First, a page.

The Inter-American Commission on Human Rights on Nov. 11 held a hearing that focused on challenges to Jamaica’s sodomy law.
Canadian HIV/AIDS Legal Network Senior Policy Analyst Maurice Tomlinson, AIDS-Free World Legal and Research Advisor Sarah Bosha and Samir Varma of the Thompson Hine LLP law firm spoke on behalf of two gay Jamaicans who are challenging the country’s colonial-era statute that criminalizes consensual same-sex sexual relations.
A press release about the hearing notes the petitioners in the case, which was filed with the commission in 2011, remain anonymous because of “concern for their safety.” Representatives of the Jamaican government did not attend the hearing.
“The root cause of our ongoing abuse and neglect by the Jamaican state as this commission has repeatedly highlighted is the presence of (an) anti-sodomy law that makes the petitioners, me and all other LGBT Jamaicans, at least in the minds of the Jamaican government and the majority of Jamaicans, unapprehended criminals with few, if any, human rights,” said Tomlinson during the hearing.
Jamaica is among the dozens of countries around the world in which consensual same-sex sexual relations remain criminalized.
Javed Jaghai in 2013 challenged Jamaica’s sodomy law in the country’s Supreme Court, but he later withdrew his lawsuit after he and members of his family received death threats. Tomlinson, a gay Jamaican man who represented Jaghai, in 2015 filed his own lawsuit against the statute.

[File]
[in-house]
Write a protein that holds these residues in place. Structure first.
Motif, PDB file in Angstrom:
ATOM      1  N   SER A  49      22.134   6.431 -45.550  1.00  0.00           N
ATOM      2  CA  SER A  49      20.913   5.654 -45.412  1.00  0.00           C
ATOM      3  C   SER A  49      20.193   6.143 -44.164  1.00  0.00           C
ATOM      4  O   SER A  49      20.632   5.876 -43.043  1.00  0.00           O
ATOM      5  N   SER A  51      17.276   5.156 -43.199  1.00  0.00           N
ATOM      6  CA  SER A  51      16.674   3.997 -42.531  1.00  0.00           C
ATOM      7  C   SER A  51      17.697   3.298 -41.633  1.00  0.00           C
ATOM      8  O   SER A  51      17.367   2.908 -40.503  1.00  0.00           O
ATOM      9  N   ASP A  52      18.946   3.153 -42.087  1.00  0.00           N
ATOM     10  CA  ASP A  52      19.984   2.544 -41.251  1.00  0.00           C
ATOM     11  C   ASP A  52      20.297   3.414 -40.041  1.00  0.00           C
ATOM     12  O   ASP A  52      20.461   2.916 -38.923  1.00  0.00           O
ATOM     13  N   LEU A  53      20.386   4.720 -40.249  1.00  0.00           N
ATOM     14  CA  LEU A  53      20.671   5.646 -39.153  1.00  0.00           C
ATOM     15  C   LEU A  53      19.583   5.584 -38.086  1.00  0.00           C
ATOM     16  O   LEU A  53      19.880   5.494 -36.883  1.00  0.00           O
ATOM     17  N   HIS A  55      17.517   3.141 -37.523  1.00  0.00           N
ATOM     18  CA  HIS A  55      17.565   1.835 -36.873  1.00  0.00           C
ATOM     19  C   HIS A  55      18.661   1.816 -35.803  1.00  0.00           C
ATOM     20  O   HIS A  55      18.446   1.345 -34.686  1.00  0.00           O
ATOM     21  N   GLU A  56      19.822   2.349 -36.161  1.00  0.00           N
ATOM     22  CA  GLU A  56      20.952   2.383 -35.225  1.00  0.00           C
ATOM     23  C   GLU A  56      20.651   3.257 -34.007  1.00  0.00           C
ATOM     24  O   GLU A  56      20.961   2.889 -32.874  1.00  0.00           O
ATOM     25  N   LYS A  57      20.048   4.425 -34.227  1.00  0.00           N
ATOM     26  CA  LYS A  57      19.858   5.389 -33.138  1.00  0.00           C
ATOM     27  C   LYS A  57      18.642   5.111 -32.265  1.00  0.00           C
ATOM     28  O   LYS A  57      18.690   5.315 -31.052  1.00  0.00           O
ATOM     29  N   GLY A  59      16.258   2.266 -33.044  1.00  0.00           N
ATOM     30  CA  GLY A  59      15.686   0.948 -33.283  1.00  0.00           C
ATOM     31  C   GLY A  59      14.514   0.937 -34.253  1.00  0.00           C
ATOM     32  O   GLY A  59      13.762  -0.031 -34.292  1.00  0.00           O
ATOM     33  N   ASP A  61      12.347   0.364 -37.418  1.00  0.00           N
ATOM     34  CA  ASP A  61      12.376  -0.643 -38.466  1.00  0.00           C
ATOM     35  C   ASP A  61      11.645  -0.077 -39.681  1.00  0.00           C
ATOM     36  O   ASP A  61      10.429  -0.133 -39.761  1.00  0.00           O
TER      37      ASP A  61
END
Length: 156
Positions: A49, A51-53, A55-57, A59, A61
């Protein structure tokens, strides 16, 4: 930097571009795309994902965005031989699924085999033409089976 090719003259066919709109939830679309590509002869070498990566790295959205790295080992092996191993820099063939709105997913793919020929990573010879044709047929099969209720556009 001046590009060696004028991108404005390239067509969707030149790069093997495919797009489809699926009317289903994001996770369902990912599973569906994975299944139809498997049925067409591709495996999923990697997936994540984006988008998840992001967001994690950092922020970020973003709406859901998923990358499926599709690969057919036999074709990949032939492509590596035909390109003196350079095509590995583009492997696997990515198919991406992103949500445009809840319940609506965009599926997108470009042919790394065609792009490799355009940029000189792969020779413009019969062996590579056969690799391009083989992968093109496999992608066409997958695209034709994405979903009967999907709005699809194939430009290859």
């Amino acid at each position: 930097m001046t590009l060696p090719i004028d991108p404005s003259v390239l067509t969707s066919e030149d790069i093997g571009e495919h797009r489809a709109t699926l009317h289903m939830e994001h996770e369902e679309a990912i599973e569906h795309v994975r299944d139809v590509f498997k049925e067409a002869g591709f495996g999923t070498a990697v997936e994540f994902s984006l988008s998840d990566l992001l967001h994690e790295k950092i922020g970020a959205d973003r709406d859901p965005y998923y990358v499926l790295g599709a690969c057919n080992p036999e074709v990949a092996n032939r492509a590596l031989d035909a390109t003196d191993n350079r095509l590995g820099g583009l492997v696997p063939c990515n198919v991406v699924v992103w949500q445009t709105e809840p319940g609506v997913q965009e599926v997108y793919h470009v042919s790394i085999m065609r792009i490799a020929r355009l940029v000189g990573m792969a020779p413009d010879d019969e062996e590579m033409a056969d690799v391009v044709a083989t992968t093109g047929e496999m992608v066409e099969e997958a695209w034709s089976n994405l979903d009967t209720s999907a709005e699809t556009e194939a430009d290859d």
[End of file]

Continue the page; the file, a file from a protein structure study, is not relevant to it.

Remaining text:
Tomlinson told the commission the Jamaican government earlier this month once again asked for another delay in his case.
“Justice delayed is justice denied,” he said. “This commission must act to give LGBT Jamaicans justice, and I pray that you will not fail us.”
The hearing took place against the backdrop of other challenges to sodomy laws in English-speaking Caribbean countries.
Gay men in Dominica and St. Vincent and the Grenadines in July filed lawsuits against their respective countries’ sodomy laws.
Alexa Hoffman, a transgender activist in Barbados, along with a gay man and a lesbian woman in 2018 brought a challenge to their country’s sodomy law to the Inter-American Commission on Human Rights. The Eastern Caribbean Alliance for Diversity and Equality, a regional LGBTQ advocacy group, on Nov. 1 said it plans to challenge sodomy laws in Barbados and four other Caribbean countries — St. Kitts and Nevis, Antigua and Barbuda, Grenada and St. Lucia — by the end of the year.
The government of Trinidad and Tobago has appealed a 2018 ruling that declared the country’s sodomy law unconstitutional. An appeal of the Belize Supreme Court’s 2016 decision that struck down the Central American nation’s sodomy law is pending.
The Organization of American States, which is based in D.C., created the Inter-American Commission on Human Rights in 1959 as a way to promote human rights throughout the Western Hemisphere. The commission works closely with the Inter-American Court of Human Rights to enforce the American Convention on Human Rights.
The court in 2018 issued a landmark ruling that recognizes same-sex marriage and trans rights. Jamaica is among the OAS member states that have ratified the American Convention on Human Rights.